A movement that fights illegal activities which destroys the country’s economy vowed to actively collaborate with the National Bureau of Investigation (NBI) to put an end to massive smuggling and illicit trade in the country.
In a statement, industrialist Jesus Arranza, chairman of Fight Illicit Trade (Fight IT), said his group “will help the NBI by providing actionable intelligence on the ground, taking into consideration the need for confidentiality, data protection reliability and security in dealing with the investigation and prosecution of illegal traders.”
Fight IT’s assistance to the NBI came in following intelligence reports that smuggling and illicit trade remain rampant despite NBI efforts to go after people behind the illegal business.
Smuggling and illicit trade are described in Philippine laws as forms of economic sabotage because of its impact on the economy.
NBI Director Virgilio Mendez welcomed Fight IT’s support saying “the help of the private sector would be vital in the bureau’s campaign for intelligence gathering, enforcement and all the way down to prosecution.”
Arranza said Fight IT members will provide the NBI with logistical assistance such as warehouses where the bureau can store seized or confiscated items to preserve evidence until final conviction and court-ordered disposition or destruction.
Fight IT is a broad-based, multi-sectoral movement intended to protect consumers, safeguard government revenues and shield legitimate industries from the ill-effects of smuggling and other forms illegal business activities.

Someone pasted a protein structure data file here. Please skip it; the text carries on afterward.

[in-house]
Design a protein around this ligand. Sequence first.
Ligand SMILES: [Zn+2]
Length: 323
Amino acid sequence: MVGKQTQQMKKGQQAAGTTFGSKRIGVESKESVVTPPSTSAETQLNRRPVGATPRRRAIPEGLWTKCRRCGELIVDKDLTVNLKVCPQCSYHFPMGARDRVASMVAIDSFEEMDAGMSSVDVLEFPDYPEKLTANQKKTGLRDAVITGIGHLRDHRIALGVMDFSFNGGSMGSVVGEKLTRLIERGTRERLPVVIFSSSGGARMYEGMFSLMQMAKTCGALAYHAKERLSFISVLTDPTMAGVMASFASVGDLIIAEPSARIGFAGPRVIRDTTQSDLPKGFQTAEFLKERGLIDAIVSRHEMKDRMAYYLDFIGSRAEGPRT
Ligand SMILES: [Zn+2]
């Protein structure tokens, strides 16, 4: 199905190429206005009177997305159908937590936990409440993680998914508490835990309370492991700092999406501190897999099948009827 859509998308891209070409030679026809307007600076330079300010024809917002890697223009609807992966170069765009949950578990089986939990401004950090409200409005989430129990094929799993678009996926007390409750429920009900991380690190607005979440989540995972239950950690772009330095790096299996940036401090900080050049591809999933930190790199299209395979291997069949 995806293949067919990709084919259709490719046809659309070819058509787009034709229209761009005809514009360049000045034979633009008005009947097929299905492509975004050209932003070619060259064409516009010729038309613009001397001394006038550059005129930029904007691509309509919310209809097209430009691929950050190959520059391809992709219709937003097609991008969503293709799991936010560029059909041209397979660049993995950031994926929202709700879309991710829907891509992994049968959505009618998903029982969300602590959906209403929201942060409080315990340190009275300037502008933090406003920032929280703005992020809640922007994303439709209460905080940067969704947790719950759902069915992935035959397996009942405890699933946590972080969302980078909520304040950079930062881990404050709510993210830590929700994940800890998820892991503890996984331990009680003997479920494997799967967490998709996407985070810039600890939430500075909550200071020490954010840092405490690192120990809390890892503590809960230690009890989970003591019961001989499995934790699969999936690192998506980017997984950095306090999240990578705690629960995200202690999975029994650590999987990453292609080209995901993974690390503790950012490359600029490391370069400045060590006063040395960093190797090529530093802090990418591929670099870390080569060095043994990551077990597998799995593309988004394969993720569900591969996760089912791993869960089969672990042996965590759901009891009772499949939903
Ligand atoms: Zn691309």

The movement, whose members belong to the anti-smuggling committee of the Federation of Philippine Industries (FPI), was launched last year.
Specifically, Fight IT is an alliance that brings together major players from industries engaged in business whose products are commonly smuggled such as rice, sugar, corn, palm oil, tobacco, steel, cement, ceramic tiles among others.
The NBI and Fight IT agreed that they will also work with intellectual property groups to go after counterfeiters and those selling fake branded products.
Upon the request of the NBI, Arranza said Fight IT will organize training sessions for the bureau’s personnel to help them spot or identify fake products from cigarettes, shampoos to cell phones and tablets.
“The growing incidence of illicit trade and its damaging effects on industries and the consumers, not to mention its impact on government revenue owing to foregone customs duties and excise taxes, are concerns that prompted us to take a more encompassing campaign to involve local industries and the public,” stressed Arranza, who is also the FPI chairman.
“Illicit trade is a serious economic problem that robs the government of billions of pesos in revenues, harms consumers, and undercuts legitimate local manufacturers,” he added.